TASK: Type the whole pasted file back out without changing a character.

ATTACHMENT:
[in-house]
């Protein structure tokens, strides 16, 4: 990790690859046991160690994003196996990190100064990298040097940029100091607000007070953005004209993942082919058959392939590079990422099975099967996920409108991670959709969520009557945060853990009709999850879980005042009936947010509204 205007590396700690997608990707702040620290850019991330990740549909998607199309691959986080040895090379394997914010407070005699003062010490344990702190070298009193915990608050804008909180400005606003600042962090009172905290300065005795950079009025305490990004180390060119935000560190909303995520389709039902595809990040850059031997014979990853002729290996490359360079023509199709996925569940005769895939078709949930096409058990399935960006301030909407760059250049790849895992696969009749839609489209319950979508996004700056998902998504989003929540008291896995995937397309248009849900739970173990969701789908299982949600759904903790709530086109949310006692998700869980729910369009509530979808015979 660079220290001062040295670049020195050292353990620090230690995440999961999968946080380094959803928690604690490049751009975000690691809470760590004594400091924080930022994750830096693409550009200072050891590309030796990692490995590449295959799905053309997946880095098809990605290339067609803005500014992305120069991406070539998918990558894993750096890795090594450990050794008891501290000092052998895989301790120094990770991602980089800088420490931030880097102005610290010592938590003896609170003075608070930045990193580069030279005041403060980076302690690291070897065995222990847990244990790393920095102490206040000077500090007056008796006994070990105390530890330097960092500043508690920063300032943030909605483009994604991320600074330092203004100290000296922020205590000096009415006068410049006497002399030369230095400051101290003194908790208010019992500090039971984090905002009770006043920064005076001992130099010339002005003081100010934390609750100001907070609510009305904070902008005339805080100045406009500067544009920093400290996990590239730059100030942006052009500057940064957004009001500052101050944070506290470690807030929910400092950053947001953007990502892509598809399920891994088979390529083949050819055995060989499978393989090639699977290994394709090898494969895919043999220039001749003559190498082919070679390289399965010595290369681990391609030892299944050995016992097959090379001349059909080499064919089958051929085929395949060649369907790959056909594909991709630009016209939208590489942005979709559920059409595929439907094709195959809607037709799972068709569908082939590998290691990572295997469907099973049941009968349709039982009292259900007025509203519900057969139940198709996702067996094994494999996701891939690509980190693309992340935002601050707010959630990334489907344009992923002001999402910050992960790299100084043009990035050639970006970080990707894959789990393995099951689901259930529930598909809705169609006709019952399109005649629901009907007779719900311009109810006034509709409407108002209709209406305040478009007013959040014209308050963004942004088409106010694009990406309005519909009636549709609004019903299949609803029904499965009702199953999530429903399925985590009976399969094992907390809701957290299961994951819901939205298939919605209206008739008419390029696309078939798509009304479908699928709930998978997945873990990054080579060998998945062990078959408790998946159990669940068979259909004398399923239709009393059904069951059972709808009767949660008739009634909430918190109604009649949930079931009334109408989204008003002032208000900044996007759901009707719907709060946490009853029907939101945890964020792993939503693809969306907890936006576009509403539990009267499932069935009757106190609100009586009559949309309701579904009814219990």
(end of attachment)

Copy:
[in-house]
């Protein structure tokens, strides 16, 4: 990790690859046991160690994003196996990190100064990298040097940029100091607000007070953005004209993942082919058959392939590079990422099975099967996920409108991670959709969520009557945060853990009709999850879980005042009936947010509204 205007590396700690997608990707702040620290850019991330990740549909998607199309691959986080040895090379394997914010407070005699003062010490344990702190070298009193915990608050804008909180400005606003600042962090009172905290300065005795950079009025305490990004180390060119935000560190909303995520389709039902595809990040850059031997014979990853002729290996490359360079023509199709996925569940005769895939078709949930096409058990399935960006301030909407760059250049790849895992696969009749839609489209319950979508996004700056998902998504989003929540008291896995995937397309248009849900739970173990969701789908299982949600759904903790709530086109949310006692998700869980729910369009509530979808015979 660079220290001062040295670049020195050292353990620090230690995440999961999968946080380094959803928690604690490049751009975000690691809470760590004594400091924080930022994750830096693409550009200072050891590309030796990692490995590449295959799905053309997946880095098809990605290339067609803005500014992305120069991406070539998918990558894993750096890795090594450990050794008891501290000092052998895989301790120094990770991602980089800088420490931030880097102005610290010592938590003896609170003075608070930045990193580069030279005041403060980076302690690291070897065995222990847990244990790393920095102490206040000077500090007056008796006994070990105390530890330097960092500043508690920063300032943030909605483009994604991320600074330092203004100290000296922020205590000096009415006068410049006497002399030369230095400051101290003194908790208010019992500090039971984090905002009770006043920064005076001992130099010339002005003081100010934390609750100001907070609510009305904070902008005339805080100045406009500067544009920093400290996990590239730059100030942006052009500057940064957004009001500052101050944070506290470690807030929910400092950053947001953007990502892509598809399920891994088979390529083949050819055995060989499978393989090639699977290994394709090898494969895919043999220039001749003559190498082919070679390289399965010595290369681990391609030892299944050995016992097959090379001349059909080499064919089958051929085929395949060649369907790959056909594909991709630009016209939208590489942005979709559920059409595929439907094709195959809607037709799972068709569908082939590998290691990572295997469907099973049941009968349709039982009292259900007025509203519900057969139940198709996702067996094994494999996701891939690509980190693309992340935002601050707010959630990334489907344009992923002001999402910050992960790299100084043009990035050639970006970080990707894959789990393995099951689901259930529930598909809705169609006709019952399109005649629901009907007779719900311009109810006034509709409407108002209709209406305040478009007013959040014209308050963004942004088409106010694009990406309005519909009636549709609004019903299949609803029904499965009702199953999530429903399925985590009976399969094992907390809701957290299961994951819901939205298939919605209206008739008419390029696309078939798509009304479908699928709930998978997945873990990054080579060998998945062990078959408790998946159990669940068979259909004398399923239709009393059904069951059972709808009767949660008739009634909430918190109604009649949930079931009334109408989204008003002032208000900044996007759901009707719907709060946490009853029907939101945890964020792993939503693809969306907890936006576009509403539990009267499932069935009757106190609100009586009559949309309701579904009814219990």